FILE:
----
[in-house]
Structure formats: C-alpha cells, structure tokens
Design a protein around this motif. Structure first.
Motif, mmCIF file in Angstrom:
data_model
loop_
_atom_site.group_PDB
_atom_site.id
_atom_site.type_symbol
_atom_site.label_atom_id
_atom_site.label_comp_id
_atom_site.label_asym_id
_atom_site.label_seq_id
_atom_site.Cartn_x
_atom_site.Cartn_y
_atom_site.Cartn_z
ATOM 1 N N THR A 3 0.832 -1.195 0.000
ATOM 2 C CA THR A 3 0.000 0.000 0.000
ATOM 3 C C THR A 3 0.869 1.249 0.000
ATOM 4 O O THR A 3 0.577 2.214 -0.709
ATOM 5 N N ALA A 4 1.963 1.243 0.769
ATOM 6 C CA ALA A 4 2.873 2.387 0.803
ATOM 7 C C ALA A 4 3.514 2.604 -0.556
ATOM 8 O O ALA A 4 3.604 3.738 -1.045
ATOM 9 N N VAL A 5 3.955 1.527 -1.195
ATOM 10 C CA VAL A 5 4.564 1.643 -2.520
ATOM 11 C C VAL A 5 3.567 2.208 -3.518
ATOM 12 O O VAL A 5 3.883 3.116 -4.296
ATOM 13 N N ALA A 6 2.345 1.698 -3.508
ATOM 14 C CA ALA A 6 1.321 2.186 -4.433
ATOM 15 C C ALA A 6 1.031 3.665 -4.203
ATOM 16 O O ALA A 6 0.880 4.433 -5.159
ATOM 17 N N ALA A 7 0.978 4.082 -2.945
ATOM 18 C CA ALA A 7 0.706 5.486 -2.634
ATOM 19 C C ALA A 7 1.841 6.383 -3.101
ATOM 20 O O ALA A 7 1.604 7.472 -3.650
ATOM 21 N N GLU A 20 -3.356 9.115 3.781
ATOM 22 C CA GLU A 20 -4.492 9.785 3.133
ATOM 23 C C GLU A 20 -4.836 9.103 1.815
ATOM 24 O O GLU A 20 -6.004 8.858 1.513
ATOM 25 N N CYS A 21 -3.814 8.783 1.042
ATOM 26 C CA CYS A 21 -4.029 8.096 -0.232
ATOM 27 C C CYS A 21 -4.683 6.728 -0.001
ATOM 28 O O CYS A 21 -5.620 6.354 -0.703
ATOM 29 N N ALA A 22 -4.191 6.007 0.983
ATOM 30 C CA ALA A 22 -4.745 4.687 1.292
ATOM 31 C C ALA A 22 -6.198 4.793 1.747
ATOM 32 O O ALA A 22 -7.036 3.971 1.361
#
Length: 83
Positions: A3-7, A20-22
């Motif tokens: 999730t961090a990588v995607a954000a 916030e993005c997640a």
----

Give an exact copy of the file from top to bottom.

[in-house]
Structure formats: C-alpha cells, structure tokens
Design a protein around this motif. Structure first.
Motif, mmCIF file in Angstrom:
data_model
loop_
_atom_site.group_PDB
_atom_site.id
_atom_site.type_symbol
_atom_site.label_atom_id
_atom_site.label_comp_id
_atom_site.label_asym_id
_atom_site.label_seq_id
_atom_site.Cartn_x
_atom_site.Cartn_y
_atom_site.Cartn_z
ATOM 1 N N THR A 3 0.832 -1.195 0.000
ATOM 2 C CA THR A 3 0.000 0.000 0.000
ATOM 3 C C THR A 3 0.869 1.249 0.000
ATOM 4 O O THR A 3 0.577 2.214 -0.709
ATOM 5 N N ALA A 4 1.963 1.243 0.769
ATOM 6 C CA ALA A 4 2.873 2.387 0.803
ATOM 7 C C ALA A 4 3.514 2.604 -0.556
ATOM 8 O O ALA A 4 3.604 3.738 -1.045
ATOM 9 N N VAL A 5 3.955 1.527 -1.195
ATOM 10 C CA VAL A 5 4.564 1.643 -2.520
ATOM 11 C C VAL A 5 3.567 2.208 -3.518
ATOM 12 O O VAL A 5 3.883 3.116 -4.296
ATOM 13 N N ALA A 6 2.345 1.698 -3.508
ATOM 14 C CA ALA A 6 1.321 2.186 -4.433
ATOM 15 C C ALA A 6 1.031 3.665 -4.203
ATOM 16 O O ALA A 6 0.880 4.433 -5.159
ATOM 17 N N ALA A 7 0.978 4.082 -2.945
ATOM 18 C CA ALA A 7 0.706 5.486 -2.634
ATOM 19 C C ALA A 7 1.841 6.383 -3.101
ATOM 20 O O ALA A 7 1.604 7.472 -3.650
ATOM 21 N N GLU A 20 -3.356 9.115 3.781
ATOM 22 C CA GLU A 20 -4.492 9.785 3.133
ATOM 23 C C GLU A 20 -4.836 9.103 1.815
ATOM 24 O O GLU A 20 -6.004 8.858 1.513
ATOM 25 N N CYS A 21 -3.814 8.783 1.042
ATOM 26 C CA CYS A 21 -4.029 8.096 -0.232
ATOM 27 C C CYS A 21 -4.683 6.728 -0.001
ATOM 28 O O CYS A 21 -5.620 6.354 -0.703
ATOM 29 N N ALA A 22 -4.191 6.007 0.983
ATOM 30 C CA ALA A 22 -4.745 4.687 1.292
ATOM 31 C C ALA A 22 -6.198 4.793 1.747
ATOM 32 O O ALA A 22 -7.036 3.971 1.361
#
Length: 83
Positions: A3-7, A20-22
């Motif tokens: 999730t961090a990588v995607a954000a 916030e993005c997640a």